An athletic director, also known as coaching director or athletics leader, is the person in charge of managing intercollegiate athletic programs. An athletic director often works in a university, although colleges and even high schools may also employ one. Depending on the size of the institution, an athletic director may work directly with the teams, or he may oversee the work of other coaches and trainers.
When it comes to job responsibilities, an athletic director with no direct power over the athletic program is basically a manager. He makes sure coaches follow institutional laws and abide by the regulations governing the different competitions, but he cannot change the training method used by the official team coach. Under these circumstances, an athletic director is also banned from making team-related decisions, including hiring or firing of players, giving sanctions, or rearranging training schedules.
In small institutions, an athletic director and a coach may be the same person, although this is sometimes seen as a conflict of interest. In larger schools, and especially in colleges, an athletic director is an administrative position created to manage several trainers in all types of sports. Because of the requirements of the position, an athletic director is more likely to have a business degree than a sports-related degree.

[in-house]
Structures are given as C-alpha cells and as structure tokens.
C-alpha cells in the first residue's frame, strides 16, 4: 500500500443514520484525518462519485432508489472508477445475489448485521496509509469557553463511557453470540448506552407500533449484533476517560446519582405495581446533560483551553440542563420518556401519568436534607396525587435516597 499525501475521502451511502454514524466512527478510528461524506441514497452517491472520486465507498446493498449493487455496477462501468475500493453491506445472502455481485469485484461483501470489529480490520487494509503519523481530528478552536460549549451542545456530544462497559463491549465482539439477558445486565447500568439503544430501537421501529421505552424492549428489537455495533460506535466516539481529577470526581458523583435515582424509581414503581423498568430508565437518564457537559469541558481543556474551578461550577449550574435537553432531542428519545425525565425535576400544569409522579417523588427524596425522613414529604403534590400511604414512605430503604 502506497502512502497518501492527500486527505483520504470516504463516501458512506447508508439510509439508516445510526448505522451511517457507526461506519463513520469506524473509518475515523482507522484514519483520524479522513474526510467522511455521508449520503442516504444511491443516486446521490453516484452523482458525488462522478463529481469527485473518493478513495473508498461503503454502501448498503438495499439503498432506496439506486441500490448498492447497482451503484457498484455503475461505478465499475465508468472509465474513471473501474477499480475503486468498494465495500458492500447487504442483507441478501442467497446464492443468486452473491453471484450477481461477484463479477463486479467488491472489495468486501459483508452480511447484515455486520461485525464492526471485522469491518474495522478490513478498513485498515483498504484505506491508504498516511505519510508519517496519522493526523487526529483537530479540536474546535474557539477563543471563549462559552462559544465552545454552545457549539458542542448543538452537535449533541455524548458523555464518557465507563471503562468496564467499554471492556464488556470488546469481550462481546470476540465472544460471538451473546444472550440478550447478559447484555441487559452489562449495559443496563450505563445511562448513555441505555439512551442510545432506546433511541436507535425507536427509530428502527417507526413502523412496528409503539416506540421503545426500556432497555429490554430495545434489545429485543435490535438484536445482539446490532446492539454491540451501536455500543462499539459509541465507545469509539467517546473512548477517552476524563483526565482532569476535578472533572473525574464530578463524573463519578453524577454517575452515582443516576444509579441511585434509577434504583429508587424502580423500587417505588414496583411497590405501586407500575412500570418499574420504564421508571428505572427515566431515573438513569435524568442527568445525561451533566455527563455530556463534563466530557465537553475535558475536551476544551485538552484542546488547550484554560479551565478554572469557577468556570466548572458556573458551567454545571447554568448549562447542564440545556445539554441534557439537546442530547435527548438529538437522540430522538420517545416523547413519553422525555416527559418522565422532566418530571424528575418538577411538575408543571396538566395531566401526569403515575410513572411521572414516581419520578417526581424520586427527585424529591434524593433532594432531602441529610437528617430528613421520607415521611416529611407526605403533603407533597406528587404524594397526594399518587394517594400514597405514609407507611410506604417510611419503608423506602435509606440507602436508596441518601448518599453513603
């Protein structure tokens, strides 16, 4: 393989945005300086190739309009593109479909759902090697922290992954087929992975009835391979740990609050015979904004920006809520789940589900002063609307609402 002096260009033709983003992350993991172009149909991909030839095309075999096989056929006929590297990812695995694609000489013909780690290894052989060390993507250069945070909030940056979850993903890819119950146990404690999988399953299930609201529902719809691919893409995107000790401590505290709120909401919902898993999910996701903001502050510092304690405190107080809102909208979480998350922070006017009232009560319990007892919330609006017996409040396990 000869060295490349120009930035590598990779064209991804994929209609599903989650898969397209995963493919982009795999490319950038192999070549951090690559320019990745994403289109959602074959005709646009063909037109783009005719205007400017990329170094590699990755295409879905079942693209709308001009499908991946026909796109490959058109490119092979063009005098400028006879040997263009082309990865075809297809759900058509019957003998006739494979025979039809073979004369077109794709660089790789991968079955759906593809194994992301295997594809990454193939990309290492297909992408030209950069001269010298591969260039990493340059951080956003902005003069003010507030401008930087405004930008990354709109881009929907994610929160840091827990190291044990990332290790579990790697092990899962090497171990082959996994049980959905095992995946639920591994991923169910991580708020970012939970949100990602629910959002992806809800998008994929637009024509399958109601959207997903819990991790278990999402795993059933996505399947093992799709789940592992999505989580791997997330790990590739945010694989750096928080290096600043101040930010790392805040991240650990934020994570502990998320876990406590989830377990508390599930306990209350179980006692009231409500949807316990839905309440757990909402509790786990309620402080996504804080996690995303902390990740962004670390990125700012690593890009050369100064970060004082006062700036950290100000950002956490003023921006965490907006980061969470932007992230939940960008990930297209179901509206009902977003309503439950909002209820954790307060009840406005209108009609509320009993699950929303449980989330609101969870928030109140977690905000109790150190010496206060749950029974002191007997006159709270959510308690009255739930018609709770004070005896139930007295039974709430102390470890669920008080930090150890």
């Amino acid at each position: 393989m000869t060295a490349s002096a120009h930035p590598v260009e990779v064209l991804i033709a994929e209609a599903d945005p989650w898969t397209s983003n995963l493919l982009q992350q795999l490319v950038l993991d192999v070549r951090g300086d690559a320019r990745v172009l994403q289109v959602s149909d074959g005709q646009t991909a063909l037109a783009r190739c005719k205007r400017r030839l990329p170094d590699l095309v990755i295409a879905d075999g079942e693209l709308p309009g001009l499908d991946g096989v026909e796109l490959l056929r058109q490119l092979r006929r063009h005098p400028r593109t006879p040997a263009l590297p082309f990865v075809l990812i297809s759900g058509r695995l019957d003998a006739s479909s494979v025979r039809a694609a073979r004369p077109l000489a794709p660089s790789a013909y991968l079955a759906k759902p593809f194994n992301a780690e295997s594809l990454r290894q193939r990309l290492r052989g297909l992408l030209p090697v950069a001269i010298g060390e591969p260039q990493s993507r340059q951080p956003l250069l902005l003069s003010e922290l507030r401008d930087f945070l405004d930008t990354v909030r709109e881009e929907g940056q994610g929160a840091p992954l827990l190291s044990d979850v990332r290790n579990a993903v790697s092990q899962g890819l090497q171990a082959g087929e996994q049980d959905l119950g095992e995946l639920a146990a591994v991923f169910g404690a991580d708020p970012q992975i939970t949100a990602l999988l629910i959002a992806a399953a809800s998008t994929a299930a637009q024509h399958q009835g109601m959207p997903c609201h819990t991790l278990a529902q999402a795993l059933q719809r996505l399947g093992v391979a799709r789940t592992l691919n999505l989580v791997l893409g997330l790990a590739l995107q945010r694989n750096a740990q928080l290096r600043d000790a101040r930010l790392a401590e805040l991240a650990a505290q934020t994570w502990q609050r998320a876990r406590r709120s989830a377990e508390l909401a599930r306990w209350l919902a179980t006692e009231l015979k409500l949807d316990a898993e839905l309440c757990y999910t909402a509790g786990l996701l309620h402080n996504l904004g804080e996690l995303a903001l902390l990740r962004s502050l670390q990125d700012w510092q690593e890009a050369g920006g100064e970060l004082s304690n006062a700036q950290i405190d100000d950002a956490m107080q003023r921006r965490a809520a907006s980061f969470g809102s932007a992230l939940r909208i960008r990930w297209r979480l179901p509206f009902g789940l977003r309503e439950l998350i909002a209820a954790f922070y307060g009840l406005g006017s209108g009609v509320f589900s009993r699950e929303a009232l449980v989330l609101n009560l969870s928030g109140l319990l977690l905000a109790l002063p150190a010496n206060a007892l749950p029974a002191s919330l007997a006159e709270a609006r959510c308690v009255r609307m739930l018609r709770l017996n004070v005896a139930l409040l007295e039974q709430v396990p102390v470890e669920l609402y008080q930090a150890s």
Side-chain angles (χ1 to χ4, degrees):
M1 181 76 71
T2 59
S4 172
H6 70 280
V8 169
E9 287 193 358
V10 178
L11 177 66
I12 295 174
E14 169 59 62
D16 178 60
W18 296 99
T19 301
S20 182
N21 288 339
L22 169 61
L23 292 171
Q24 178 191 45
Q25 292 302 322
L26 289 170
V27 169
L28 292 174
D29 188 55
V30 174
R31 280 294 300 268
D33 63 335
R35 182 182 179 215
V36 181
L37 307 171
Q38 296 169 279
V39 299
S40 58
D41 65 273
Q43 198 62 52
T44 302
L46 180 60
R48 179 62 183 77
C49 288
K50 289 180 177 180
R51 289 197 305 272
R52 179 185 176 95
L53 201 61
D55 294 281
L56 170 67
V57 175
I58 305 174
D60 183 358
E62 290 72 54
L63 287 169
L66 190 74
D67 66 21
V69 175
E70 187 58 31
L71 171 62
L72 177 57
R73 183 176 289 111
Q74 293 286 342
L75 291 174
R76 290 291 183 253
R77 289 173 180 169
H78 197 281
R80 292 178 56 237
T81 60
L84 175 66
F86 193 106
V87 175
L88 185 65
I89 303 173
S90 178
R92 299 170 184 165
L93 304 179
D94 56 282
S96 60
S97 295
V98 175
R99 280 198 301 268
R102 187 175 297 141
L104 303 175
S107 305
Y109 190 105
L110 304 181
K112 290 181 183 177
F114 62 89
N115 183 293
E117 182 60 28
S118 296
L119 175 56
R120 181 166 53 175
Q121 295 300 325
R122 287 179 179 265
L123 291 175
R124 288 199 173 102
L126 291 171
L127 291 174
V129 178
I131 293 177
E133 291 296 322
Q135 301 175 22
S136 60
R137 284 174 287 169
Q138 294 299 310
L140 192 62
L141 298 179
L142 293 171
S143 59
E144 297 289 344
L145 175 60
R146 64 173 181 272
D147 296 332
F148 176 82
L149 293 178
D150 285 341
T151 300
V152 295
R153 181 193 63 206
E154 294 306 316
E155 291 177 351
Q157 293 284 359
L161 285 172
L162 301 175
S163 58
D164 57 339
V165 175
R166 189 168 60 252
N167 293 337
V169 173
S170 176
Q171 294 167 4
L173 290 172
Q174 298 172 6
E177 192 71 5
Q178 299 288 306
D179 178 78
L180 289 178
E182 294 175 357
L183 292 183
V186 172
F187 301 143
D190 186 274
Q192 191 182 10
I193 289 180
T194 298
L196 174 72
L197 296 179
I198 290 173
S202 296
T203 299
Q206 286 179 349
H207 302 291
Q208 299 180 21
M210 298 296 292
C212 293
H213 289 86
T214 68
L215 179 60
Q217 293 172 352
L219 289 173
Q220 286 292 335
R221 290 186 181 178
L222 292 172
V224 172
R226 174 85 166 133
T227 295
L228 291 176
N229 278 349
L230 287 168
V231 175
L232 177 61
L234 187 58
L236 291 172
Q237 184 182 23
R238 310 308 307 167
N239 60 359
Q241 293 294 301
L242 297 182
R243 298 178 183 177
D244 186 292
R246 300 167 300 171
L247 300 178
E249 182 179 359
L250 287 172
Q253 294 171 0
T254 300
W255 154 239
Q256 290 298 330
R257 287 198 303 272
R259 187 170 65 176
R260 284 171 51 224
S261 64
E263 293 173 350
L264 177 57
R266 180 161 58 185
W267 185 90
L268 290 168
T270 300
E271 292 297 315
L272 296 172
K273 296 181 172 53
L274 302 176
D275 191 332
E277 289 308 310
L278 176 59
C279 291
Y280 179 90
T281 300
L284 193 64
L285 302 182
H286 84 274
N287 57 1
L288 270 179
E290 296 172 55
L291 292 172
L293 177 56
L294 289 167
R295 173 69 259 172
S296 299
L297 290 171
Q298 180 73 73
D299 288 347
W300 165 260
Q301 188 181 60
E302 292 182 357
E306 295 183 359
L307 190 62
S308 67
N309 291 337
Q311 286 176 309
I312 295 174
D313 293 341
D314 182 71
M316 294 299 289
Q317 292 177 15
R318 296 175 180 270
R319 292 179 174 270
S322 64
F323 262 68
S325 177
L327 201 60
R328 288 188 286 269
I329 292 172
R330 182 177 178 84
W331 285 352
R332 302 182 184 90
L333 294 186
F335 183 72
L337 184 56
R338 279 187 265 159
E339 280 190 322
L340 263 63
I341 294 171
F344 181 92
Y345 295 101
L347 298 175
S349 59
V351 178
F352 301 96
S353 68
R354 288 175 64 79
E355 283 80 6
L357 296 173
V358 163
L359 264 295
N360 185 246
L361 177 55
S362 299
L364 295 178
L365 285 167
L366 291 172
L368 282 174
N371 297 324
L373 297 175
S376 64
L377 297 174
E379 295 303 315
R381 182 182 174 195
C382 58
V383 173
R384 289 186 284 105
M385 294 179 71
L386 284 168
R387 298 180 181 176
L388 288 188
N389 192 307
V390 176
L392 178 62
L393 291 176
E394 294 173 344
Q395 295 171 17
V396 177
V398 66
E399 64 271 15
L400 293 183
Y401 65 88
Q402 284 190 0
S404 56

A vital part of an athletic director's job is to secure funding and materials for the team. These can mean something as simple as new uniforms, or as complex as commercial endorsements. An athletic director also plans publicity, organizes timetables for the games, and generally deals with athletic directors from other institutions to find the best possible arrangements for their teams.
An athletic director works an average of forty hours a week, not counting the weekends, when she attends games to oversee their running and connect with other administrators. According to the US Department of Labor, an athletic director at a medium-level college makes an average salary of $68,340 US Dollars. Ivy universities or those colleges with teams that are positioned well in the intercollegiate athletic table make over $100,000 USD a year.